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Olympic host city Sochi declares State of Emergency due to flooding

Friday, September 27, 2013, 8:06 PM - Flooding, mudslides, and a reported tornado have forced Russian authorities this week to initiate a state of emergency in Sochi, the host city of the 2014 Olympic Winter Games.

The 2014 Winter Olympics are rapidly approaching but this week construction efforts were hampered by major storms around Russia's Black Sea coast. 

As much as three months worth of rain fell in just three days, causing the Mzymta River to burst its banks. 

Flood waters knee-high were reported across Sochi's city centre, causing long traffic jams and closing schools and businesses. 

One highway - which would be used to travel to Alpine event venues - was flooded by up to 2.5 metres of water. 

The inundated highway also prompted evacuation orders for the village of Kepsha - north of Sochi - due to mudslides. 

Much of the city, including the Olympic Village, resembled a swamp of mud and debris as work continued on venues and other infrastructure. 

On Wednesday, the Emergency Situations Ministry said approximately 1,800 personnel were involved in clean-up efforts, including pumping water. 

Water levels did begin to recede by Thursday morning but conditions could change with more rain foretasted this weekend. 

Sochi was awarded the 22nd Winter Olympic Games in 2007 and is expected to spend over $50 billion (U.S.) on the event.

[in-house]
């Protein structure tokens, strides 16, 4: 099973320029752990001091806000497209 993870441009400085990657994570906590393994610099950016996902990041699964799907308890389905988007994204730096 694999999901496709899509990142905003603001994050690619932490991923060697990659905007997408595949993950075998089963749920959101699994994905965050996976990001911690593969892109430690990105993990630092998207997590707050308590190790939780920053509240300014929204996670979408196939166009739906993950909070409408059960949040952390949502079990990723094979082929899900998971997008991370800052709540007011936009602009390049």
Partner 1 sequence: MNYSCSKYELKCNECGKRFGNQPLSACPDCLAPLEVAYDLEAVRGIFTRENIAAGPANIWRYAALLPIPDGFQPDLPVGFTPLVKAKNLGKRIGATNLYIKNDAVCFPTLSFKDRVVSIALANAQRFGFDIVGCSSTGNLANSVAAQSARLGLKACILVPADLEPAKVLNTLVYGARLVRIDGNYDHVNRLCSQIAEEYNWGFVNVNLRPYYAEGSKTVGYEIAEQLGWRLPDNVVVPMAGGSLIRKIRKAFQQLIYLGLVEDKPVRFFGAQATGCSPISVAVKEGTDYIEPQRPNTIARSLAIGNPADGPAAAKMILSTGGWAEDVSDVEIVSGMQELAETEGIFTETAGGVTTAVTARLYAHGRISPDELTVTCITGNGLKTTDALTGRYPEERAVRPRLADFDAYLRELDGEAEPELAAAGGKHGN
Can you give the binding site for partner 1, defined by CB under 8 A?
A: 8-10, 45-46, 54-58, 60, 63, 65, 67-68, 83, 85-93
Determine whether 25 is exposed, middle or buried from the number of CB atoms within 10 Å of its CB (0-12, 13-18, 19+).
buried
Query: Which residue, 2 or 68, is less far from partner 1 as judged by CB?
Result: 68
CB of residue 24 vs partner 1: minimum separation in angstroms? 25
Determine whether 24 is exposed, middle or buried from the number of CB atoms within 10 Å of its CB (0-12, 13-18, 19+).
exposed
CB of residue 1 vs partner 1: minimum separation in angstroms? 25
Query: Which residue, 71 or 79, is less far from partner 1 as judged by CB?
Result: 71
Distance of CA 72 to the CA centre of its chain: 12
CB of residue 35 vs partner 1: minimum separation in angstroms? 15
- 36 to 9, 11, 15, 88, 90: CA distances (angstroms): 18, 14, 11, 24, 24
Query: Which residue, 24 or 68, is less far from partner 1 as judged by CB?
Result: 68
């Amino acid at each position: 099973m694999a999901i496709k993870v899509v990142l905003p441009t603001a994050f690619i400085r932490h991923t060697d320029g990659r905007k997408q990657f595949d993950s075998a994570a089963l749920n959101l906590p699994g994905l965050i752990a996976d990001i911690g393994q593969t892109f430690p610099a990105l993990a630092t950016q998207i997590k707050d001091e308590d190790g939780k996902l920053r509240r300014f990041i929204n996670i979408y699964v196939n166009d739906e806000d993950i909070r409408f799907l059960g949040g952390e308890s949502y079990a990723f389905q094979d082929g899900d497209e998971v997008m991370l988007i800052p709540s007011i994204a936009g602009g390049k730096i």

Possible tornado reported 

The active weather is also believed to have generated a tornado in a village near Sochi. 

Wind speeds were reported at just over 100 kilometres an hour, blowing off rooftops and knocking down trees. 

Several power lines were also damaged, leaving some villages without electricity for most of Wednesday. 

No injuries were reported but damage was done to a section of the North-Caucasian railway, delaying trains for a few hours. 

Climate concern 

The selection of Sochi has been criticized by many for its sub-tropical climate. Critics fear Alpine events will be hampered by warm temperatures, much like what Calgary saw with the Chinook winds in 1988. 

In February, average temperatures during the day approach 9 degrees Celsius while at night, they're slightly above 3 degrees. 

Temperatures in the mountains are a bit cooler but could still be problematic. Officials have prepared for the worst possible scenario. 

The Rosa Khutor Resort - where skiing events will be held - has two water reservoirs and 400 snow generators installed along the slopes. 

The area has been used to store snow through the summer, keeping it packed and sealed under a special thermal cover. 

Organizers hope to have around 300,000 cubic metres of snow ready for next year.

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